David Brill ACS

Congratulations to David Brill ACS for picking up an award at the recent UN Media Awards in Melbourne. Along with entries from ABC-TV’s Foreign Correspondent and 4 Corners programs, David and Geoff Parish were finalists in the Promotion of Positive Images of the Older Person award. Their entry was for an SBS Dateline piece call Free the Bears which documented the work of Australian grandmother, Mary Hutton, in her tireless effort to stop the mistreatment of bears throughout Asia. David didn't fancy his chances against the ABC juggernauts but he and Geoff pulled it off and took home the award.

View Free the Bears »

Paul Di Benedetto ACS

Former ACS Tas President, Paul Di Benedetto ACS sent in this recent GoPro snap from a windsurfing safari in Western Australia. Clearly Paul was enjoying the moment. Those of us who’ve known Paul a long time recall his passion for chasing wind and waves around Tasmania in years gone by. It’s great to see him rekindle his love of this sport.

Peter Harmsen

As camera technology gets smarter, we all want to keep up, and shoot better and cleverer images. When you sit down and watch some of Aerial Inspections work you realise the sky is no longer the limit. Tom and Chris do some truly amazing stuff.

For me, the biggest dilemma is knowing where to draw the line in investment. There are some incredible deals on some awesome kit, but at the end of the day images are still driven by the imagination and creativity of the eye behind the lens.

At the end of last financial year I convinced myself (and somehow my wife / manager / treasurer) that the way forward was a new camera.
I'd recently used my Canon EF lenses on the Canon C300 / C100 and liked the images - but not the ergonomics, viewfinder or audio setup.

Now after 4-months with the Sony PMW-F5 I am convinced I made a good purchase. It’s much more ergonomic and the pictures from the Super-35 sensor are simply superb. With an incredible 14-stops of latitude, editors love it too.

The ability to shoot at 150 frames per second is a real bonus, and Sony are soon releasing embedded upgrades, to allow it to shoot 4K and up to 240 fps. I can’t wait!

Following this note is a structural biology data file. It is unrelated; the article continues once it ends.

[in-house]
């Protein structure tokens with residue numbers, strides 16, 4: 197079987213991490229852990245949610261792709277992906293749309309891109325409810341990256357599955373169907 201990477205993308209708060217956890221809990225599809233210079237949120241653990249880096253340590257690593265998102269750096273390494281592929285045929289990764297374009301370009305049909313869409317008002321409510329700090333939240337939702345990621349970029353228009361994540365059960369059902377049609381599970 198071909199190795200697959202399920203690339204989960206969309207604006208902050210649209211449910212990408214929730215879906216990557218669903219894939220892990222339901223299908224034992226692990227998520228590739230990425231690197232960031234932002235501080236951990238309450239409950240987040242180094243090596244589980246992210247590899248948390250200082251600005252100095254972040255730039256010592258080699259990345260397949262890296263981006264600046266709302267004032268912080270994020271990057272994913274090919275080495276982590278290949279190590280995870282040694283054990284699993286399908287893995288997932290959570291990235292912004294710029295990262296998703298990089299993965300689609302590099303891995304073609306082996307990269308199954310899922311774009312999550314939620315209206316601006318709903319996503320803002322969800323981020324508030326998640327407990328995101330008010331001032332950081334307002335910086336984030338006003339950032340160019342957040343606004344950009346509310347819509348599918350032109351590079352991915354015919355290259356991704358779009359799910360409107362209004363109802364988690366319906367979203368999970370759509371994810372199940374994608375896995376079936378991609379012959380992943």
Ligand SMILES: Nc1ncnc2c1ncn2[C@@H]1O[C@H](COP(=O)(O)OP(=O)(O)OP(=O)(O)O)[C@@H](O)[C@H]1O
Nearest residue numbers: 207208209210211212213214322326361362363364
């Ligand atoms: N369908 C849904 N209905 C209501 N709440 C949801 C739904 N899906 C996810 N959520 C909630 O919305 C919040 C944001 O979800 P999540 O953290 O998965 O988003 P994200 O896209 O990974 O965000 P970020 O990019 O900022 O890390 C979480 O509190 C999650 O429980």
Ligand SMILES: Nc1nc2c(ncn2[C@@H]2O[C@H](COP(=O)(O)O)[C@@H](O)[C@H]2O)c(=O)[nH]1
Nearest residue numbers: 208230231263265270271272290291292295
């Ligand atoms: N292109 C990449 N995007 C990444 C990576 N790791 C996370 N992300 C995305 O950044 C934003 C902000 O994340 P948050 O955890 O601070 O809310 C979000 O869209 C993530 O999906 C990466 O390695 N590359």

Here's a link to a clip from a sailing promo I shot with the F5:
Make sure you watch in HD!

SB20 Promo »

Here’s our ACS Tas President playing with the F5 on a slider while shooting for the 2015 ACS National Awards promo. We used the F5 to shoot the Government House and MONA shots.

Editors note: Although Harmo insisted we use this image in the newsletter, which highlights my awkward stance and balding head, I can't complain. Harmo was very generous with the promo, as were Tom and Chris at Aerial Inspections. Robert Heazlewood wrote the script and the ‘main man’, Mike Sampey (he even did the voice-over), pulled it all together. We are a really versatile mob!

Pete Harmsen is also responsible for the 200-frame night timelapse image of Cradle Mountain, which has been on all ACS State Awards artwork around the country and will feature again at the Nationals. Here’s the link to the promo in case you haven’t seen it.

ACS National Awards 2015 Promo »

Simon Wearne

Former ACS Tas President, Simon Wearne, has been living and working in Japan for some years now. He still returns to Tasmania regularly and we always enjoy seeing him. Here is Simon’s latest update.

Quite a bit has happened since my last post in ‘Clips’. Around the middle of 2012 I proposed a new course, delivered in English, to Wakayama University. It's a National University and the first to establish a Tourism Faculty. So now I teach Visual Production for Tourism and Image and Critical Writing for Tourism. It's a way of exposing students to English but with more fun and less technical English learning. Essentially it’s Visual Communication. I also pick up some classes on Eco Museum, Environmental Ethics, and Subculture. I work three days a week as an Assistant Professor, helping out with an internationalization and program development initiative. There’s lots of travel to parts of Asia I’ve never been to and shooting, mainly stills, on those trips.

Just after I started, the Uni offered a PhD in Tourism for the first time. I applied and was successful, so I flipped my Doctoral Research at QUT to a more suitable location. I am now coming to the end of year one of three in my PhD and cannot believe my luck. The research is focused on Japan’s Traditional Whaling and it is based in Wakayama Prefecture, where Industrial Whaling began in the 17th century. In those days it was sustainable.